WASHINGTON — House Speaker Nancy Pelosi, D-Calif., expressed confidence Wednesday that Democrats and the White House are nearing a deal to provide another round of relief to those affected by the coronavirus pandemic.
"I’m pretty happy. I think we have a prospect for an agreement," Pelosi said in an interview on MSNBC’s "Andrea Mitchell Reports," adding that negotiations are "in a better place than we have been" in past weeks.
Pelosi said that she is expecting to speak with Secretary of the Treasury Steven Mnuchin, who has been the Trump administration's main representative in the talks with congressional leaders, at 2:30 p.m. ET Wednesday. She reiterated that the outstanding issues involve liability protections and how much money should be allocated to states and cities to help fund essential workers and schools, for example. She said they’re at the stage in the talks now where "it's just a question then of weighing the equities, is this worth that."
"My view is that there's no reason that America’s schools shouldn't be the safest place in America for our children to go to learn. It takes some money for more classes, more teachers, more ventilation, more technology and the rest," said Pelosi, who said that’s part of the discussion right now and how children going to school could help get people back to work.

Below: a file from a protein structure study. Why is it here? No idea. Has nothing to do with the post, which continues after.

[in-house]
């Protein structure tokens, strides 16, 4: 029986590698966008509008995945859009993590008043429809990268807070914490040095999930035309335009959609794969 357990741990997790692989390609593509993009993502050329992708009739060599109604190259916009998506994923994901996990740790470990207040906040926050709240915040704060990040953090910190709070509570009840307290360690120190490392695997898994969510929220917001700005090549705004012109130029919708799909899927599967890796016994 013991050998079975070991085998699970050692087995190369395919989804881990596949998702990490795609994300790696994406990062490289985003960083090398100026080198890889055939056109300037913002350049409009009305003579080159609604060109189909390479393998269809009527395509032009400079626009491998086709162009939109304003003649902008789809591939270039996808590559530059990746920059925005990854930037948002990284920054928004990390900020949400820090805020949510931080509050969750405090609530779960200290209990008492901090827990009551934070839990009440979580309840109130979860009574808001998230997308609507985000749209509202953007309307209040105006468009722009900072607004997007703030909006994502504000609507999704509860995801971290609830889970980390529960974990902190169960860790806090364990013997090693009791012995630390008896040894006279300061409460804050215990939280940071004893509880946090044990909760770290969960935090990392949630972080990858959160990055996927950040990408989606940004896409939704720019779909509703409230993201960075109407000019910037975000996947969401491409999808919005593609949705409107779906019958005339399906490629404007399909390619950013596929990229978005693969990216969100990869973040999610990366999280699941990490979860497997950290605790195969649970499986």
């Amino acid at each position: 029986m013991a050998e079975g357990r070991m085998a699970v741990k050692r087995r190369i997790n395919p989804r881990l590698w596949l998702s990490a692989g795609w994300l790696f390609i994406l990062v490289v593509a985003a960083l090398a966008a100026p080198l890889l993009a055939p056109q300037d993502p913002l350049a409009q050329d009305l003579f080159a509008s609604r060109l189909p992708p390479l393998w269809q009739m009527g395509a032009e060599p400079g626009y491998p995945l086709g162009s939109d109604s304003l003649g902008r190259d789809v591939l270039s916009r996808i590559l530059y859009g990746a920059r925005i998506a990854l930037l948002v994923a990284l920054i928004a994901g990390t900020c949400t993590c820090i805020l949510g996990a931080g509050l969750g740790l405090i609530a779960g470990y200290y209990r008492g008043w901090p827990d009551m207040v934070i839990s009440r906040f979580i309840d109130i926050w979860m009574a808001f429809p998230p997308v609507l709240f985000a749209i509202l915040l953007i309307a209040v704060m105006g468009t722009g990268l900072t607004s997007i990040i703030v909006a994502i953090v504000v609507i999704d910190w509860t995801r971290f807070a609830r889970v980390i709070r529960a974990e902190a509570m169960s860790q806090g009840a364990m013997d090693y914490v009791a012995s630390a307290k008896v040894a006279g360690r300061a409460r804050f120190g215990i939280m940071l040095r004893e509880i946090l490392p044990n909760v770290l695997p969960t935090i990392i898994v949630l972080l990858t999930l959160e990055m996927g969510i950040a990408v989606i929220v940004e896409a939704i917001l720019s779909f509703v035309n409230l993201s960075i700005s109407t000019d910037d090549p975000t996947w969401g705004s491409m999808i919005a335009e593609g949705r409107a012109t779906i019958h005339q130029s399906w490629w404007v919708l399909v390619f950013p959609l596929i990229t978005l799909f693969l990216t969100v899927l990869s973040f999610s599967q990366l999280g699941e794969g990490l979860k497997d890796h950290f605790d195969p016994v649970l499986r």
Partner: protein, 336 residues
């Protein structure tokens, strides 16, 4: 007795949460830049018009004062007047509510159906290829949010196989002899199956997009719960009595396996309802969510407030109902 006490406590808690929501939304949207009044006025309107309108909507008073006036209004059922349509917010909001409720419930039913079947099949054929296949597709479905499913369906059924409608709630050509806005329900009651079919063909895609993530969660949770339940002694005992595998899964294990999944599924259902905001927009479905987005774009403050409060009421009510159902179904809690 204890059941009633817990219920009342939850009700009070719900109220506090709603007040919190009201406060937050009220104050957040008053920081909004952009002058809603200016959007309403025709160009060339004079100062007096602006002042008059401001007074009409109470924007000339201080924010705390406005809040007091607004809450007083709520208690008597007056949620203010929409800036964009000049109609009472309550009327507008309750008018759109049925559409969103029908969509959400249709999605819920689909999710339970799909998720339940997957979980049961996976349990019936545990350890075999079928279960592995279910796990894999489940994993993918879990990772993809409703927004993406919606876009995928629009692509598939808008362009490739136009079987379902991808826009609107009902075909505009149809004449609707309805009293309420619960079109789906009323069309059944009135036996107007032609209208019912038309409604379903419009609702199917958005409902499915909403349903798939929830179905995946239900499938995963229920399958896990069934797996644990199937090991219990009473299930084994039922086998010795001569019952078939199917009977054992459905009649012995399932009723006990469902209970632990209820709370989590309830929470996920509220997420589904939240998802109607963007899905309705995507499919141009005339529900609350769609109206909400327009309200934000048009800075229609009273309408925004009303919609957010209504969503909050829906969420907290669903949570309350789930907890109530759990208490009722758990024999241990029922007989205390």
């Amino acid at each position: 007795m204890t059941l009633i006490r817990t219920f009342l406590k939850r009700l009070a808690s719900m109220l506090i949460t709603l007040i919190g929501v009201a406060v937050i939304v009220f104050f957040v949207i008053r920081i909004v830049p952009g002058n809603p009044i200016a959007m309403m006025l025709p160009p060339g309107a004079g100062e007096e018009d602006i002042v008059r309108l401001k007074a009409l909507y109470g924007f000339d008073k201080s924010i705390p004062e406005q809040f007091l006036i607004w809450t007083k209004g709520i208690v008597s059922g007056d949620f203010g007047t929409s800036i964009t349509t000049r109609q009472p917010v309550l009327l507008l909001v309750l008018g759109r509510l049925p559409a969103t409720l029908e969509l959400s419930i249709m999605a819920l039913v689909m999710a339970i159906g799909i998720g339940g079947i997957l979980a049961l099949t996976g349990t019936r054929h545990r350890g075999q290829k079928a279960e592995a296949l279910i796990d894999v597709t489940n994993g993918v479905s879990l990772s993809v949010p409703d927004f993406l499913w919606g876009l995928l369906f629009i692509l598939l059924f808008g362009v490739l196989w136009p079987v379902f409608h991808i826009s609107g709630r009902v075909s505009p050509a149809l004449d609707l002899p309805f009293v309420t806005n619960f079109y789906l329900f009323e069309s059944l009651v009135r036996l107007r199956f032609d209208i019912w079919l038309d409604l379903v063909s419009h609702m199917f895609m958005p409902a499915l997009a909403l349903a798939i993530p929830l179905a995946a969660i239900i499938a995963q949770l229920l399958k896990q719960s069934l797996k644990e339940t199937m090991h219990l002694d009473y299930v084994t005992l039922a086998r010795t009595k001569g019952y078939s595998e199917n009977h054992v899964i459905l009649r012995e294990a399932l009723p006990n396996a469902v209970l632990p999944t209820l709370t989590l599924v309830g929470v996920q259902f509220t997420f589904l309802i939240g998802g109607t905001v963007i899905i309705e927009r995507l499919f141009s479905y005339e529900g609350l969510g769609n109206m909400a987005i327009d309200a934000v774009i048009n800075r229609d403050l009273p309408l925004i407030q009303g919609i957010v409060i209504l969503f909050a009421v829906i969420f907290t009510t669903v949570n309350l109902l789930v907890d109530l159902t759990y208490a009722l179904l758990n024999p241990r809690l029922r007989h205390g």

The speaker acknowledged, however, that the final agreement may not happen until after Election Day, which is Nov. 3. She said that Senate Majority Leader Mitch McConnell, R-Ky., has said he doesn’t want to vote on a deal before the election, which Democrats are pushing for.
But she said that she’s “optimistic" and that "I want people to know help is on the way. It will be bigger, it will be better, it will be safer and it will be retroactive."
“There will be a bill,” she added. “It's a question of is it time to pay the November rent, which is my goal, or is it going to be shortly thereafter, and retroactive.”
Pelosi also said that the onus will be on President Donald Trump to persuade Senate Republicans to vote in favor of a bipartisan deal.
"It's up to the president to convince people in his own party but you have to also remember how hard that is because some of them really don't care to spend any more money to crush violence," she said.